Tubing on the Gaspereau River
|Main source||Gaspereau Lake|
|River mouth||Minas Basin
|Length||24.5 km (15.2 mi)|
|Basin size||1,375 km (854 mi)|
It has a length of approximately 24 km from its source at Gaspereau Lake on the South Mountain south of Kentville to its mouth at Hortonville on the Minas Basin. The lower portion of the river is tidal for 6.5 km until Melanson and there are extensive tidal marshes in the lower reaches. The upper 16 km runs swiftly over gravel beds, boulders and bedrock, except for several dammed sections which form narrow and deep channels. Damming for Hydroelectric generation has resulted in twelve major lakes being connected to the river creating a watershed of 1,375 square kilometres. A major tributary is the Black River which joins the Gaspeareau at White Rock. The Black River once flowed further north into the Cornwallis River but connected to the Gaspereau through a natural erosion process known as River capture.
Although the Gaspereau is a short river, the riverbed habitat and connecting lakes form an important and productive breeding ground for several species of migratory fish including Gaspereau (Alewife), Rainbow Smelt and Atlantic Salmon. Atlantic Tomcod, Atlantic Sturgeon and Striped Bass spawn in the tidal portion of the river.
Acadians from the settlements at Grand-Pre were also attracted to the fish runs of the river in the late 1600s and named it after the Gaspereau fish with the name "Rivière des Gasparots" first appearing in a 1701 census of Acadia. The New England Planters who settled the area after the Expulsion of the Acadians also harvested fish but also cleared the river banks for farming, notably for apple orchards and built saw mills in the upper reaches of the river. Eventually nine sawmills operated on the river system, creating employment through extensive logging of the South Mountain but also disrupting the ecology of the river with dams and sawdust deposits. Beginning in 1910, the sawmills were replaced by a network of hydroelectric dams. Eventually eight dams and five hydroelectric stations were built along the Gaspereau River, diverting some lakes into the Gaspereau which once flowed into the Avon River. Fish ladders were built to allow some fish migration to continue. A longtime tradition of recreational tubing on the Gaspereau, floating down the river on inner tubes, has grown in popularity in recent years to the point of causing traffic and parking concerns.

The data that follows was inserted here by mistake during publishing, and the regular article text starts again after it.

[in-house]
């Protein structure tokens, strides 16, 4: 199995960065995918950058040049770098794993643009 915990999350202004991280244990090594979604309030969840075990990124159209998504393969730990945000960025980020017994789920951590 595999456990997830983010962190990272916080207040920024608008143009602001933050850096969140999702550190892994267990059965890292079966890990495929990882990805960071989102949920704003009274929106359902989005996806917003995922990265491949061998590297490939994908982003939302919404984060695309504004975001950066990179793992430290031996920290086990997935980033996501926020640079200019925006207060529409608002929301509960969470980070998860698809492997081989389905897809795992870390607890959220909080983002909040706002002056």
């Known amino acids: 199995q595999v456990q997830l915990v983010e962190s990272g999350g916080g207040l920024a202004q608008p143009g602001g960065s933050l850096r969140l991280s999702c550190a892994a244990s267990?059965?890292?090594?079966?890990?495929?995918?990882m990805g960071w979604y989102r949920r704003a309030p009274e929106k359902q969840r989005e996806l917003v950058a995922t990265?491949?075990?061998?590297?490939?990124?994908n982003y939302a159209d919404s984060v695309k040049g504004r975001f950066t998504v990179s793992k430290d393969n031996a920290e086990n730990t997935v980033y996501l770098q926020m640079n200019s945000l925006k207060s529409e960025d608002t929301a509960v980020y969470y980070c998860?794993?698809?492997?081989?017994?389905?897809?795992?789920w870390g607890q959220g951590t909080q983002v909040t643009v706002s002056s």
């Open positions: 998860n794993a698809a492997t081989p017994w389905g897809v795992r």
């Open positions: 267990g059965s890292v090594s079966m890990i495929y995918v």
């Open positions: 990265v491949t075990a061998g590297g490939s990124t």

- Natural History of Nova Scotia, Volume 1, Chapter T8 "Freshwater Hydrology", Nova Scotia Museum (1996) p.152
- A Natural History of Kings County, Blomidon Naturalist Society, p. 77-78
- Frances L Stewart; Ronald J Nash (1990). "Melanson: a large Micmac village in Kings County, Nova Scotia,". Nova Scotia Museum.
- "Acadian census 1701". Retrieved Jun 27, 2013.
- "Gaspereau River tubing traffic 'out of control,' residents warn", CBC News, July 18, 2017
- "Gaspereau Lake System", Lake Monitoring, Municipality of Kings County
- Natural History of Nova Scotia